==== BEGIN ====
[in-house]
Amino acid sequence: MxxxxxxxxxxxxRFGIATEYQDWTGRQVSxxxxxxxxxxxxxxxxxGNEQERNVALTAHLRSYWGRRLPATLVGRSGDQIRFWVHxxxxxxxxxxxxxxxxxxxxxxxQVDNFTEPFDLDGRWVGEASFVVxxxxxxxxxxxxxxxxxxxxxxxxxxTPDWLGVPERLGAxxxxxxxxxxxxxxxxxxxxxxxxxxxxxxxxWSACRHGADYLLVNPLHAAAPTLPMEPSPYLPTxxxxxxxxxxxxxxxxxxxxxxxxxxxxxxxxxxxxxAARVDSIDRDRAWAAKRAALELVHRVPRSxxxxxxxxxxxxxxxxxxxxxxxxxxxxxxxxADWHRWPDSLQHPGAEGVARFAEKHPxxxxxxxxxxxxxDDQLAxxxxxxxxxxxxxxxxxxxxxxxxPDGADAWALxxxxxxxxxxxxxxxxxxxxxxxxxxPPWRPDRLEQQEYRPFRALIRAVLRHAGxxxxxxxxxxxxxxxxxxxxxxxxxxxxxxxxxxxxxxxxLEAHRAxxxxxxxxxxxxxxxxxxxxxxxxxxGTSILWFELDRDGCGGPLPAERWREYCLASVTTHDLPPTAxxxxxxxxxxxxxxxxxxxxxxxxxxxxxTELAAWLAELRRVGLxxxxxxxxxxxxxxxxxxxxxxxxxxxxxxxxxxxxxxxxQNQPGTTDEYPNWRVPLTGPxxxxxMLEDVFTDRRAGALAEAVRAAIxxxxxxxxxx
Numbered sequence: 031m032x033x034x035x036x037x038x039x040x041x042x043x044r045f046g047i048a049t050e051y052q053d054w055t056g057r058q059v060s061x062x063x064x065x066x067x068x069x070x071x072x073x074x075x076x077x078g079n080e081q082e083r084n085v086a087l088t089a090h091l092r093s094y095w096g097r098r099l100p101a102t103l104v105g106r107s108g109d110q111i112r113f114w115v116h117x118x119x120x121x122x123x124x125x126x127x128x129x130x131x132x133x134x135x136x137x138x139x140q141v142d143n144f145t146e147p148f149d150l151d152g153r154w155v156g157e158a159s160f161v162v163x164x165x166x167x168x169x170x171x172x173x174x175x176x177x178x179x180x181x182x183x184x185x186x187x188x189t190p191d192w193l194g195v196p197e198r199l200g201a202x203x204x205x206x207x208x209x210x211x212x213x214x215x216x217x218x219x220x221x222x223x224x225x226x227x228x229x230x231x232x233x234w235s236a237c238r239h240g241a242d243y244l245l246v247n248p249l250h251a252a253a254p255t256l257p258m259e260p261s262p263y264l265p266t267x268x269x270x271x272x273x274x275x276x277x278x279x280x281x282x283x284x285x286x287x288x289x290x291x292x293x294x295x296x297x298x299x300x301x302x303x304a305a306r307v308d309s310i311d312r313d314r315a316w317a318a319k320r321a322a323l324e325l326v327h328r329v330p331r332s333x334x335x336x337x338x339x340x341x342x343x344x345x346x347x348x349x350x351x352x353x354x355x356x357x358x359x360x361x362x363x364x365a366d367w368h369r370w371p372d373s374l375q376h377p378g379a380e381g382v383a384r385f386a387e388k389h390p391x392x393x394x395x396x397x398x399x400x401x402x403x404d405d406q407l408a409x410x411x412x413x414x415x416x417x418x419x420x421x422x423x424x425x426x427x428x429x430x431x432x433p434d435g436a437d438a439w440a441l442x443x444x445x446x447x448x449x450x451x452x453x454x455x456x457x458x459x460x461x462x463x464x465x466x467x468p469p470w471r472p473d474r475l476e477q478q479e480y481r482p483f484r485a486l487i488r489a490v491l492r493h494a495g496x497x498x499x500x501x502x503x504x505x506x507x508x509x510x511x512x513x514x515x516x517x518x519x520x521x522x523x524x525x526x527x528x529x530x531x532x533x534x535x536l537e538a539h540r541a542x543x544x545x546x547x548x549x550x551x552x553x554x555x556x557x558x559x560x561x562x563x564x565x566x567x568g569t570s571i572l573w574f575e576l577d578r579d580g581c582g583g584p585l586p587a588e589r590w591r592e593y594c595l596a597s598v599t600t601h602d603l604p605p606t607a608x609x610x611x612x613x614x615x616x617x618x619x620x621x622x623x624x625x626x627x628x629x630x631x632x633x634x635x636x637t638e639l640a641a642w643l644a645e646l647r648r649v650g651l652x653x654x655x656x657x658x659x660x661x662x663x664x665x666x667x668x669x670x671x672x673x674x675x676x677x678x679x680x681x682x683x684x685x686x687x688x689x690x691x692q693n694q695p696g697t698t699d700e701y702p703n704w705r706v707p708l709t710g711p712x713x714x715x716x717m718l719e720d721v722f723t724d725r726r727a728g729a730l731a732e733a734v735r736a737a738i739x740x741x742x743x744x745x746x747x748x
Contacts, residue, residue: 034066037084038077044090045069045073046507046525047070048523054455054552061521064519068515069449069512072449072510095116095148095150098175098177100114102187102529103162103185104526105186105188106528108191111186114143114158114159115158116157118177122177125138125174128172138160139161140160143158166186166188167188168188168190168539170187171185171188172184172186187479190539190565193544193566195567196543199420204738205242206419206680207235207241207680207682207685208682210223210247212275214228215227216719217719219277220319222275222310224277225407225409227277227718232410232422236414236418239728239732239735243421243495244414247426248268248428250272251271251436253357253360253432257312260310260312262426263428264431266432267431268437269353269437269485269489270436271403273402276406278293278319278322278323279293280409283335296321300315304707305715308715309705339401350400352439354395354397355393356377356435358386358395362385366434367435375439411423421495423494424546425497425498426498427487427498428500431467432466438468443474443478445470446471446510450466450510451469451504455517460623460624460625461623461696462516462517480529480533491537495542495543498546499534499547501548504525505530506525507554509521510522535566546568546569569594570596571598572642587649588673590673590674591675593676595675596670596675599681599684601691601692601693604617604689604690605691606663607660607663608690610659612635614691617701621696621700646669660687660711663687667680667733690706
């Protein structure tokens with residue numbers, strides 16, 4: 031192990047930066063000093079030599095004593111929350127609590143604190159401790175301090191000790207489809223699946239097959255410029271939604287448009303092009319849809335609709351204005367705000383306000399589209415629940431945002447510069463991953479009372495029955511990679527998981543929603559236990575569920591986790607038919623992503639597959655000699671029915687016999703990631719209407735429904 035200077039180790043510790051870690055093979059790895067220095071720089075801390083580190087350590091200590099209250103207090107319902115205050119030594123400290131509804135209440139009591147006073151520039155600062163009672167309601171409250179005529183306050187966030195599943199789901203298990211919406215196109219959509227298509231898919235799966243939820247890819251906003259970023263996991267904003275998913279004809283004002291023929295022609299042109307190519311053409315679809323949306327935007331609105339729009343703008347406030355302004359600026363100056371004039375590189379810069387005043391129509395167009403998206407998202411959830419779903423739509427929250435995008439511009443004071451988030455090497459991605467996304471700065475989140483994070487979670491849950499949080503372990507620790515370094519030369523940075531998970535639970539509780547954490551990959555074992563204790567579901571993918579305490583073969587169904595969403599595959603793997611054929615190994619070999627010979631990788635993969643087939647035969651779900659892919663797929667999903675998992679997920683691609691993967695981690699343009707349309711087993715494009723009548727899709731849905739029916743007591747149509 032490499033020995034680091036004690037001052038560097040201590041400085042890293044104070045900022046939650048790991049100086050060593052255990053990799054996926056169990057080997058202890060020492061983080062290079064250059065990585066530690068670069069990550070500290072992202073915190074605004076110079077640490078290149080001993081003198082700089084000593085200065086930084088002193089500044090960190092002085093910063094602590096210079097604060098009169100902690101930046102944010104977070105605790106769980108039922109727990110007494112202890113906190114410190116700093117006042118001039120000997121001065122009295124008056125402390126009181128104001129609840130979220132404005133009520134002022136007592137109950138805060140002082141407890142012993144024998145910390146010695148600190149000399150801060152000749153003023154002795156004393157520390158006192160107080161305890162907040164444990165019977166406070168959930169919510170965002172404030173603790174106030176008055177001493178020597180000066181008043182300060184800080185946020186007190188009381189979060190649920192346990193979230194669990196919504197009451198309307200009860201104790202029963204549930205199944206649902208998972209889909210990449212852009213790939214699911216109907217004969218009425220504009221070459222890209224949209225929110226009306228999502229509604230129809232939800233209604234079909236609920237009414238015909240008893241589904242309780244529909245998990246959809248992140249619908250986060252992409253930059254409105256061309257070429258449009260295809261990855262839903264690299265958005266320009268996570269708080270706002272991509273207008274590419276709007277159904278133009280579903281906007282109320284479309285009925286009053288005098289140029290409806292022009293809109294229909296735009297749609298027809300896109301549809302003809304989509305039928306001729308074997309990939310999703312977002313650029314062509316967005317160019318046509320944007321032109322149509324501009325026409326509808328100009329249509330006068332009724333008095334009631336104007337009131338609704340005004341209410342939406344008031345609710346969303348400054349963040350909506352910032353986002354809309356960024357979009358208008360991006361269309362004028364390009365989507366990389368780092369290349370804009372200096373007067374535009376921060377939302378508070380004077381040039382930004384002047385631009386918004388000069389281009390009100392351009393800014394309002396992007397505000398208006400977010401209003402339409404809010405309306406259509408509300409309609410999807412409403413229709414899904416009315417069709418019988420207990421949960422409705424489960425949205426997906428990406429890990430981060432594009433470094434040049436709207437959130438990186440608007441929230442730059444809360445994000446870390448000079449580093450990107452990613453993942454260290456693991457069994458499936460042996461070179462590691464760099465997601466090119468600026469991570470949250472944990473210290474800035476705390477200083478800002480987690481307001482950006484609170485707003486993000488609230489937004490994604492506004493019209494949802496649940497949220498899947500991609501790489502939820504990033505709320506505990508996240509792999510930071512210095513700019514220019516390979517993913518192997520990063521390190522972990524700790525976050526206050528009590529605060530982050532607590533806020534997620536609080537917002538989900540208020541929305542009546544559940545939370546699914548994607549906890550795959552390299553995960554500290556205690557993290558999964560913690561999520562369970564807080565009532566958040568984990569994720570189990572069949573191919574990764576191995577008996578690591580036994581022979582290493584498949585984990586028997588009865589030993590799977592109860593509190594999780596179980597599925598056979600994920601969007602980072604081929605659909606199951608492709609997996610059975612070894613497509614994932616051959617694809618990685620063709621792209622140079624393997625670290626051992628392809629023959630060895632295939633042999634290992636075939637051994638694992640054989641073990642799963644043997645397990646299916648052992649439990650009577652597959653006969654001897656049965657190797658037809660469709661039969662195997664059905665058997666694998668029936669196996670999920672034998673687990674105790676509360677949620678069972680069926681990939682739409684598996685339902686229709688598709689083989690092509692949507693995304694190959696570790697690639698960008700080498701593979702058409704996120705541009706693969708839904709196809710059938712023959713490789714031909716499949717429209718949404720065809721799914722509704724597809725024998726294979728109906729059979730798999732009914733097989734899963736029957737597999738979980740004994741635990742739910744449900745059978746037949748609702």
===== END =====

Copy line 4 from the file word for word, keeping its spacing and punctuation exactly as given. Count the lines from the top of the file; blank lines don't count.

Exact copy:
Contacts, residue, residue: 034066037084038077044090045069045073046507046525047070048523054455054552061521064519068515069449069512072449072510095116095148095150098175098177100114102187102529103162103185104526105186105188106528108191111186114143114158114159115158116157118177122177125138125174128172138160139161140160143158166186166188167188168188168190168539170187171185171188172184172186187479190539190565193544193566195567196543199420204738205242206419206680207235207241207680207682207685208682210223210247212275214228215227216719217719219277220319222275222310224277225407225409227277227718232410232422236414236418239728239732239735243421243495244414247426248268248428250272251271251436253357253360253432257312260310260312262426263428264431266432267431268437269353269437269485269489270436271403273402276406278293278319278322278323279293280409283335296321300315304707305715308715309705339401350400352439354395354397355393356377356435358386358395362385366434367435375439411423421495423494424546425497425498426498427487427498428500431467432466438468443474443478445470446471446510450466450510451469451504455517460623460624460625461623461696462516462517480529480533491537495542495543498546499534499547501548504525505530506525507554509521510522535566546568546569569594570596571598572642587649588673590673590674591675593676595675596670596675599681599684601691601692601693604617604689604690605691606663607660607663608690610659612635614691617701621696621700646669660687660711663687667680667733690706